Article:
Benefits of bringing Payroll In House
The New Year brings about the perfect opportunity to re think your payroll processes. Are you currently outsourcing this to a payroll provider? Here’s just a few of the reasons to bring payroll in house in 2015:
Cost Control: Cost is the most important factor when evaluating the benefits of in-house payroll. Although the up-front cost of running payroll in-house is larger initially because you need to purchase and implement payroll software, processing payroll in-house is much cheaper than outsourcing in the medium to long term.
Better control of information: In-house payroll offers far better control over the entire payroll process. Instead of exposing sensitive information about salaries, benefits and work status to an outsourced payroll provider, you’re able to keep all that private information in your own secure in-house database.In-house payroll software also provides easy access to built-in reports that allow you to analyse every aspect of your payroll. This enables you to make more effective business decisions.
Flexibility: In-house payroll software gives you maximum flexibility over last-minute changes. Payroll will still be processed on-time and on your schedule without also having to work around your payroll providers schedule. Any deductions or salary increases can be implemented quickly.
Empower Employees: Another benefit of running payroll in-house is offering payroll self-service to your employees. Make your HR processes more efficient by giving your employees remote access to personal data, holiday entitlement, payslips and p60s.
Hidden Fees: A payroll provider may charge for additional requirements such as changes such as adding overtime or adjusting shifts. It may also take longer to implement these changes or receive the required information. Payroll providers can also increase their costs at their own discretion.
For more infomation about house you can bring your payroll in house email: firstname.lastname@example.org
Cyber Ware Games – UK and US
The UK and US are to carry out “war game” cyber attacks on each other as part of a new joint defence against online criminals. The first exercise, a staged attack on the financial sector, will take place later this year, Downing Street said. The “unprecedented” arrangement between the two countries was announced by Prime Minister David Cameron ahead of talks with US President Barack Obama.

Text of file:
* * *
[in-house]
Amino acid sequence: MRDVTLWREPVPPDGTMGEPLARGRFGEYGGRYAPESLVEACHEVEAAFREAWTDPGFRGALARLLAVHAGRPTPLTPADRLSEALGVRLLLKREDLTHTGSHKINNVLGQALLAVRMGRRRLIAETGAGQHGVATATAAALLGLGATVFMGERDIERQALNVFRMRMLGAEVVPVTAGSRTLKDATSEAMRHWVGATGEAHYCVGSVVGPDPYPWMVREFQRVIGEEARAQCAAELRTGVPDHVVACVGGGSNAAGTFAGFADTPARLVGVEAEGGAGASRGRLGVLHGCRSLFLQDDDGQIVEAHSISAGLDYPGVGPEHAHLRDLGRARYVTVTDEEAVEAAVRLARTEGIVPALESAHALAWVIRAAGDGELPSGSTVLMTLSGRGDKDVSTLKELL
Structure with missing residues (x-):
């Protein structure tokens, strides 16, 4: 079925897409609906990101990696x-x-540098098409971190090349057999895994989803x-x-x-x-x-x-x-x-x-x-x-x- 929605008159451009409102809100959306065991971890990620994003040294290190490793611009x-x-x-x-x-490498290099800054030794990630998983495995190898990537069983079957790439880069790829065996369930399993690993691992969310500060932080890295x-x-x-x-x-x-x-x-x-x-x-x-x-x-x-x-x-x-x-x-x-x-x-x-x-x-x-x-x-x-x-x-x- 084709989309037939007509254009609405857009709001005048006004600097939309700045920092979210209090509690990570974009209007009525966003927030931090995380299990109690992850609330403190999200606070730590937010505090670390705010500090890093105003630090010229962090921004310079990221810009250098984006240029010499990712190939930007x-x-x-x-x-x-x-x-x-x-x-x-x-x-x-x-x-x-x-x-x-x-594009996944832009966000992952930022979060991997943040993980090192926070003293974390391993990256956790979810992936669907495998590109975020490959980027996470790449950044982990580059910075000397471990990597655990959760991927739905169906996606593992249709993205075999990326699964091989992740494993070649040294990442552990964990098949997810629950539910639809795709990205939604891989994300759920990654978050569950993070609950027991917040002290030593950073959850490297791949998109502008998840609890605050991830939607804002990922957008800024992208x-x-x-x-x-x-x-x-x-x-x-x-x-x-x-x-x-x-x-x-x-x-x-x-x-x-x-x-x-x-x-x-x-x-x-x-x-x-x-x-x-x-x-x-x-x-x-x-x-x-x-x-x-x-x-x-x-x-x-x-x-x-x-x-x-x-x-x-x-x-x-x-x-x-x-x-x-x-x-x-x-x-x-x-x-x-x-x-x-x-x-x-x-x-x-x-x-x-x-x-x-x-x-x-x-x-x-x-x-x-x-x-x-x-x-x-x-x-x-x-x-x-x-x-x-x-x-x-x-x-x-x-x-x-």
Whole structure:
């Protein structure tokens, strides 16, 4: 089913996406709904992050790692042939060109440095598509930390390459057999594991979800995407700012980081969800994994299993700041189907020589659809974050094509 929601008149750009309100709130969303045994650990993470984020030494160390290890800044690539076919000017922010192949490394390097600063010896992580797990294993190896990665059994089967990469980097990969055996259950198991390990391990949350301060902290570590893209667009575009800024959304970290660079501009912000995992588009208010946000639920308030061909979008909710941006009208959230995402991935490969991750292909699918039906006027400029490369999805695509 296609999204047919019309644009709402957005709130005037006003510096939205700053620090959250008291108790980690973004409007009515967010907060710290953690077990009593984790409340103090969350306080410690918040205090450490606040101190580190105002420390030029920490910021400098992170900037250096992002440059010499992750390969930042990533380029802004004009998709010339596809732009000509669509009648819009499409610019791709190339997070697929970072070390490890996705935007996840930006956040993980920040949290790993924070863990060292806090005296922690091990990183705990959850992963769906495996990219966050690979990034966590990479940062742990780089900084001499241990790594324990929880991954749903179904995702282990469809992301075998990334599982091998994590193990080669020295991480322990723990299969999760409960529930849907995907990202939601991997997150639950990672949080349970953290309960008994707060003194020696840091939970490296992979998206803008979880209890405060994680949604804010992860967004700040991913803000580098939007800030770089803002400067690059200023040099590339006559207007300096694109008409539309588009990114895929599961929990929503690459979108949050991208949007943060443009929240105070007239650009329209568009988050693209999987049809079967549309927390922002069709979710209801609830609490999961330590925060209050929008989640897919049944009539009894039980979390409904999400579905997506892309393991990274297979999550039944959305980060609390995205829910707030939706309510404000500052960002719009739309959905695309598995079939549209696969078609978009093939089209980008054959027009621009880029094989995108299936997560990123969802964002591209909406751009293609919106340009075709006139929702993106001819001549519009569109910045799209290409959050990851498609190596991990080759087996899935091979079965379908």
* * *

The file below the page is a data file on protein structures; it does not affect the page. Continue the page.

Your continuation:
The leaders will also discuss privacy issues around encrypted messages. Mr Cameron has previously said in relation to cyber attacks that there should be no “means of communication” which “we cannot read”. He is expected to talk to the US president about getting companies such as Google and Facebook to allow governments to view encrypted messages.
In terms of the planned cyber war games Downing Street said they will aim to improve the flow of information between the US and UK about threats. No 10 said agents will co-operate in “cyber cells”, involving MI5 and the FBI, and they will be the first the UK has established with another country. Speaking to BBC political editor Nick Robinson after arriving in Washington on Thursday night for a two-day visit, Mr Cameron said cyber attacks were “one of the big modern threats that we face”. The first war game will involve the Bank of England and commercial banks, targeting the City of London and Wall Street, and will be followed by “further exercises to test critical national infrastructure”, Downing Street said. Money will also be made available to train “the next generation” of cyber agents.
The measures come in the wake of the recent hacking of Sony Pictures’ computers and the US military’s Central Command’s Twitter feed, where comments were posted promoting Islamic State (IS) militants.
The cyber attack on Sony Pictures led to data being leaked from its computers exposing emails and personal details about staff and stars.
The hackers, who called themselves #GOP or Guardians of Peace, also threatened cinema chains planning to screen Sony’s satirical North Korea comedy, The Interview, the plot of which involves a bid to assassinate the country’s leader Kim Jong-un.
Sony initially cancelled the film’s release after leading US cinema groups said they would not screen it, a move which Mr Obama later described as “a mistake”. Mr Obama has said cyber threats were an “urgent and growing danger” and unveiled domestic proposals to strengthen the law. The UK’s National Audit Office warned in 2013 that a lack of skilled workers was hampering the fight against cyber crime. Mr Cameron said the UK was already prepared for a cyber attack, saying GCHQ had “massive expertise”, but added more needed to be done. He said: “We need to be able in extremis to interrupt the contact between terrorists. “It’s also about protecting people’s data, people’s finances – these attacks can have real consequences to people’s prosperity.”
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